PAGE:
The Gustavian Design

By on July 24, 2015, in Soft Surroundings

What is it and what makes it popular?

Gustavian, or Swedish design has been popular since the middle of the 18th century, and is still trending today. If pressed, most furniture designers and enthusiasts would define Gustavian style as having neutral blue and gray tones and clean lines. That’s certainly part of it, but a deep dive into old and new Swedish homes would turn up brilliant colors and plenty of Baroque and Rococo influences. So what characterizes it all?

Gustavian design has deep roots in the way the Swedish people live in their environment and have for generations. The land’s topography and quirks, and its wide variation are what define Swedish homes and furniture the most.

The Swedish countryside goes literally from one extreme to another. The south features rich, fertile coastline along the Baltic and North Seas, great waterways, and thousands of inland lakes. But when you travel north the terrain becomes heavily forested with pines. Farther yet, the land is barren with arctic mountains, long severe winters, extreme cold, and little light.

Because of this land, the Swedes are a self-sufficient people. They have learned to be comfortable with the ups and down of the vast wilderness around them in order to survive.

But, honestly, how does that impact furniture and décor? A lot, actually.


70827Long, dark winter months are in direct contrast to the constant light of Swedish summers. This was true for the farmer, certainly, but also for the rich aristocrat back in the day. So their décor style needed to allow for a maximum amount of light to enter the home, especially during the winter. Thus, interiors were clean, simple, painted in light earth tones and the palette of the sea.

In the mid-to-late 1700’s, Sweden’s world-traveler king, Gustav III, brought back to his country many wondrous things from Italy and France. The fusion of 18th century European styles with Swedish needs and tastes became known as Gustavian design.
One more word about Swedish light: because it was at such a premium most of the year in their part of the world, they learned to enhance and multiply it. Crystal chandeliers were suspended over the simplest of tables and chairs. Large mirrors were used to bounce light here and there. Panels of natural muslin were used as window coverings, much like our Raw Silk Woven Panels that let light filter through even when drawn.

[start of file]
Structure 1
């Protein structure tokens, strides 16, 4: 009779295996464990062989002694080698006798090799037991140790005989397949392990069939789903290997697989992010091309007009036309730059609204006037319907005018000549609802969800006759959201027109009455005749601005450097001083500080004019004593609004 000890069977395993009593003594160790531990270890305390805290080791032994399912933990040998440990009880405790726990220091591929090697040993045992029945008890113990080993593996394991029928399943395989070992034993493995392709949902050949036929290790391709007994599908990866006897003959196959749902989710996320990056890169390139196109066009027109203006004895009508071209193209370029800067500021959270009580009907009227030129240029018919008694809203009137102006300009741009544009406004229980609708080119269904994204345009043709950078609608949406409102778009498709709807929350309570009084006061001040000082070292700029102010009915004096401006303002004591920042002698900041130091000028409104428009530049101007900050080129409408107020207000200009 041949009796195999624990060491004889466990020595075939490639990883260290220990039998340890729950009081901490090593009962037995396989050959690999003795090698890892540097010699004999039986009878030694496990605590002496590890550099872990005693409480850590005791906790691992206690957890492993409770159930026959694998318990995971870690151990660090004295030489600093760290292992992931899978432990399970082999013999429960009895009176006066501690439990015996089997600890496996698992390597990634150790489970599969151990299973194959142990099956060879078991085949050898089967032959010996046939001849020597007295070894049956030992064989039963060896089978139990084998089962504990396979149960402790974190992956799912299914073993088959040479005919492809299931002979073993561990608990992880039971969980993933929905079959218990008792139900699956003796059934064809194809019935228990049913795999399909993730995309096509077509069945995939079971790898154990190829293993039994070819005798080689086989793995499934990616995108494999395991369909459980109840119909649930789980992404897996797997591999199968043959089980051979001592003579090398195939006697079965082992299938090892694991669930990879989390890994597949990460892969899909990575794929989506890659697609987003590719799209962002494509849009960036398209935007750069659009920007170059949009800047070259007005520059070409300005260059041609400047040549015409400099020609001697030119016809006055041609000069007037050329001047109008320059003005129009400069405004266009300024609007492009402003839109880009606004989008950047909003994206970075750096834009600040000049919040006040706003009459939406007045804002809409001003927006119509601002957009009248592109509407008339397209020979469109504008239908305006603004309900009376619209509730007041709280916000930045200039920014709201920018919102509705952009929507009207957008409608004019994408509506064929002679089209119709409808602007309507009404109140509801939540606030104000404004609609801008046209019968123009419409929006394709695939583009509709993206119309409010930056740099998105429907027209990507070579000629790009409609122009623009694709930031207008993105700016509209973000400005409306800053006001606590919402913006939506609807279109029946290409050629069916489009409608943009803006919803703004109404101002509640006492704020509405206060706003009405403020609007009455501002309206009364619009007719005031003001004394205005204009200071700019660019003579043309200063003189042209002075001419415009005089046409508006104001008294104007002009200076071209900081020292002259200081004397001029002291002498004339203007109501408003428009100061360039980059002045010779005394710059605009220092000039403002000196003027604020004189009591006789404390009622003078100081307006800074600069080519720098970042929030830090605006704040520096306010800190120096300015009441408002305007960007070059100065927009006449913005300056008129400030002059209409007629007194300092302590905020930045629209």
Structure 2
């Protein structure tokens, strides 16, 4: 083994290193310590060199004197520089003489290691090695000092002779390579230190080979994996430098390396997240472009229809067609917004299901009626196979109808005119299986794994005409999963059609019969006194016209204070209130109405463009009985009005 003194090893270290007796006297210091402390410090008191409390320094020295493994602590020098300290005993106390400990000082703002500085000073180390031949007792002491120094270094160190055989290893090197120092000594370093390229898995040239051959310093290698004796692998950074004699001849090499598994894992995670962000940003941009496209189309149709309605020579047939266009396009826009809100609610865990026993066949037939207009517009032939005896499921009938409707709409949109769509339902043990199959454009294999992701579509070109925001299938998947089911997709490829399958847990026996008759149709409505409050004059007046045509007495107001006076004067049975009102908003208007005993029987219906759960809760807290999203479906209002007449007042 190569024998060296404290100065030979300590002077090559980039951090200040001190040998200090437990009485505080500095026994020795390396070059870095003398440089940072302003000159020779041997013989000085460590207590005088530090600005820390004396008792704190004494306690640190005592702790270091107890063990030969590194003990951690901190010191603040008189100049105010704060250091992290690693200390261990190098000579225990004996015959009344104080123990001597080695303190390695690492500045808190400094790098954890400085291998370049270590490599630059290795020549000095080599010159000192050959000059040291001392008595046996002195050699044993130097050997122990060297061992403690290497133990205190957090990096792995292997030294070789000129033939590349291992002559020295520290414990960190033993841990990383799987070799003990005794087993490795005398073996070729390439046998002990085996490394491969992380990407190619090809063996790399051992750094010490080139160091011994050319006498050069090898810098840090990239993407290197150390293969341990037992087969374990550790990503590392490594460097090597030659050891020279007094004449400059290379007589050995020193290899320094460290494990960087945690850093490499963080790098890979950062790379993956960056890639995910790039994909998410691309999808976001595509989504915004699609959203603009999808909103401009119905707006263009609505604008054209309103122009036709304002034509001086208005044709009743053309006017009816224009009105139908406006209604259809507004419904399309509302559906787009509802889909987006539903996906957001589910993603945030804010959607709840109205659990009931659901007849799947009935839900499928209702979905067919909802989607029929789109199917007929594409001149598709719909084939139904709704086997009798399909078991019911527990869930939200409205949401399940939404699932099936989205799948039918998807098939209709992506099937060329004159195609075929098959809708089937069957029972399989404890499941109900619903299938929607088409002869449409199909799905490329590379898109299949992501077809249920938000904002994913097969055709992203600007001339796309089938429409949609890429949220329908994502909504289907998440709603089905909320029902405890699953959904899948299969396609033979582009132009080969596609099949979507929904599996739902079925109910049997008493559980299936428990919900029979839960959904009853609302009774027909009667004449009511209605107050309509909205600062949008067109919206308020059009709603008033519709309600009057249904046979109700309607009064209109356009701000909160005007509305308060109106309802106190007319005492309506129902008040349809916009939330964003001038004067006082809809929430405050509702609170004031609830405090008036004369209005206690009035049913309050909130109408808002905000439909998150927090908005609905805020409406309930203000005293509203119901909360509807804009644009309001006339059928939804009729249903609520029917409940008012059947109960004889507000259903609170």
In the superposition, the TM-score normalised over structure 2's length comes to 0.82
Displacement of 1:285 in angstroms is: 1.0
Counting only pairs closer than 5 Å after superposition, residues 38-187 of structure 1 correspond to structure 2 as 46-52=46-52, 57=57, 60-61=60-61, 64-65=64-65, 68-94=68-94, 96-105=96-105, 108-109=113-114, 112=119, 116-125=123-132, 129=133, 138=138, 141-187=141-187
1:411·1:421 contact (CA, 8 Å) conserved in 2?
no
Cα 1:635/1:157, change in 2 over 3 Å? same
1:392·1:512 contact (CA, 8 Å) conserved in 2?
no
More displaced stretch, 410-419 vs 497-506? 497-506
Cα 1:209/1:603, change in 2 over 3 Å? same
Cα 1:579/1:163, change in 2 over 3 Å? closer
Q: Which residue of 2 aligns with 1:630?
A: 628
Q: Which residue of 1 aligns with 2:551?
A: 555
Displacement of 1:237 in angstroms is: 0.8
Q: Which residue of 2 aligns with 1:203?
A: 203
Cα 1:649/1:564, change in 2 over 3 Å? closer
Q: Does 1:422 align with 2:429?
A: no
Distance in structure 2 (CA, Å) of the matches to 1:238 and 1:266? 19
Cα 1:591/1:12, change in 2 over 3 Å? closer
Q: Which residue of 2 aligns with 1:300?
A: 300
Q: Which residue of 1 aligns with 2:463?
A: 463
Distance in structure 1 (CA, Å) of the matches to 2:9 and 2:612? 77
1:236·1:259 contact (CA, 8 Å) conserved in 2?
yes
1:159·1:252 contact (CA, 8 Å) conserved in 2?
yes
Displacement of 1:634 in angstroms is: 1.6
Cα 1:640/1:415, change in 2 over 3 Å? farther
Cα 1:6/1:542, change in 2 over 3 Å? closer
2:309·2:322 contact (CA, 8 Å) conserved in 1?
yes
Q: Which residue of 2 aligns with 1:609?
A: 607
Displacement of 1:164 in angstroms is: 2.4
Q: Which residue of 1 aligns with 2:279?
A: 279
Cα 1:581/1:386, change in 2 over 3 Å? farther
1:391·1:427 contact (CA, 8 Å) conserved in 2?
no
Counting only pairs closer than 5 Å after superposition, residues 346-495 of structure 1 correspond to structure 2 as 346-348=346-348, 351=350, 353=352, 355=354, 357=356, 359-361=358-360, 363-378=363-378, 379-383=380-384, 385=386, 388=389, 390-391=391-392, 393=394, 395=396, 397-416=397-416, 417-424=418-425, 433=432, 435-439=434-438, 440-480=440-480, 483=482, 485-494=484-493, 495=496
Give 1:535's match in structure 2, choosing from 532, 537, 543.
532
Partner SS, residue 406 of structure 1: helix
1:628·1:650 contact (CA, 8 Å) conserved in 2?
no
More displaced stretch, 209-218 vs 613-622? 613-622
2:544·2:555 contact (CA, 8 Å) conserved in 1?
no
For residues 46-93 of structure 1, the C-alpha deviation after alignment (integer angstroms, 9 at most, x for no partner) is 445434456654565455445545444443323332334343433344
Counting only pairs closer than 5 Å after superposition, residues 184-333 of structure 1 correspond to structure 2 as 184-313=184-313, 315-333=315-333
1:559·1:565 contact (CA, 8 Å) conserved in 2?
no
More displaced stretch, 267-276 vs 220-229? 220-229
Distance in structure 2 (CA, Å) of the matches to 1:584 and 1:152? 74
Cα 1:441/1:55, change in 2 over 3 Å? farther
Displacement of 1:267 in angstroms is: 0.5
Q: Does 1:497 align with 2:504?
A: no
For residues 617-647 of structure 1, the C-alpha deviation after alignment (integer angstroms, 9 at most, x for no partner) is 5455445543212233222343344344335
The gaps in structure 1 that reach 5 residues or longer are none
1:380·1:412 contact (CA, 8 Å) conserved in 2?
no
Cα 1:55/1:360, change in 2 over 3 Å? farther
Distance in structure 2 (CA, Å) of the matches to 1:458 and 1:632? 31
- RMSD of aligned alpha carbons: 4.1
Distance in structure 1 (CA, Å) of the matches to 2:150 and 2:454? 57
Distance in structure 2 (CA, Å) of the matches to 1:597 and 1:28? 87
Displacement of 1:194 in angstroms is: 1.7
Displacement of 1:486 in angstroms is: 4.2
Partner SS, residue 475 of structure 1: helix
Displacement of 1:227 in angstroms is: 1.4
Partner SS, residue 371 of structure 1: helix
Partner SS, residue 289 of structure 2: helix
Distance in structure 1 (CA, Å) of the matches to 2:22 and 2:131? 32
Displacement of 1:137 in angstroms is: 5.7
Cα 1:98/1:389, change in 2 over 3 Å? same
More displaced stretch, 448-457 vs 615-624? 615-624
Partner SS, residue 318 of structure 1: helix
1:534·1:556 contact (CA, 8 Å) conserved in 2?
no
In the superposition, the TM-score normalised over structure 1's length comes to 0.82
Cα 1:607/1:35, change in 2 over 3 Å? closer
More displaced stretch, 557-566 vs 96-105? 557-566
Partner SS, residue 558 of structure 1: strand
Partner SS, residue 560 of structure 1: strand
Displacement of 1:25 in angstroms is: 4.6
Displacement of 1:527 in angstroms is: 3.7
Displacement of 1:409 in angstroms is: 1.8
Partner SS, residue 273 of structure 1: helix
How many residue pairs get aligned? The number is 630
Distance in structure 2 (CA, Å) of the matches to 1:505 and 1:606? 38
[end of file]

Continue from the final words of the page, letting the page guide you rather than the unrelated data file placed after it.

Soft Surroundings features several pieces of furniture and accents inspired by Gustavian design. For example, our Vienne Mirror and Vienne Cabinet both have the quintessential Gustavian blue color and distressed patina. The defining shape of our Serpentine Dresser and the Swedish grey tone and ivory detailing of our Flemish Commode, Demilune and Bedside Chest are in keeping with the style as well.

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Color pays a huge part in the look of Swedish design and the reason goes back to the land. The lack of resources didn’t stop them. Lime was plentiful, and when mixed with other pigments it was used to paint decorations on furniture and walls. Lime-wash was used to pickle wood floors to simulate marble and French limestone blocks. These faux finishes were popular then and still are today.

Shape and Size


Another key ingredient in Gustavian or Swedish style is the shape and size of the furniture. Often a piece had to serve more than one purpose and take up minimal space. So the people created multipurpose cabinetry, a lot like our Selma Secretary. A beautiful but utilitarian hutch, with cupboard doors below and fold-down writing surface like this would appeal to Gustav III himself! We love the gracefully arched top, with fully functioning circular clock.

Sweden is somewhat famous for its tall case clocks called Mora clocks. They have lovely feminine curves and our Selma Secretary clock takes its cue from them.


Function and form are big components of this style because space was as scarce as light. This is why vintage corner cabinets are often from Sweden. Although we found our Stockholm Corner Cabinet in a market in France, it boasts traditional Swedish design from the 1890’s.




Snuggled into a corner an angular cabinet like our pretty Maldives takes up less space but is still stunning. It can also add storage to a room’s nooks and crannies that wouldn’t otherwise accommodate furniture.


Swedish Gustavian style is sometimes said to be so simple and clean it pairs well with nearly any décor. It’s true the soothing creams, blues and gray colors traditionally used in paints and finishes are adaptable neutrals. The style’s signature symmetry and straight surfaces with gentle fluted lines blend perfectly with a French Louis XVI settee or the delicacy of French toile fabrics. Even Grecian style statues and figurines inspired by nature work together with Gustavian furnishings to evoke the feeling of a vintage fairy tale.

But the versatility of Gustavian style goes back to the land and the people of Sweden. As a country of extremes sitting nearly at the top of the world, sustainability and adaptability is part of its genes.

Try a piece of Swedish Gustavian furniture in your home. Be sure to let us know what it brings to the room! We’d love to hear from you.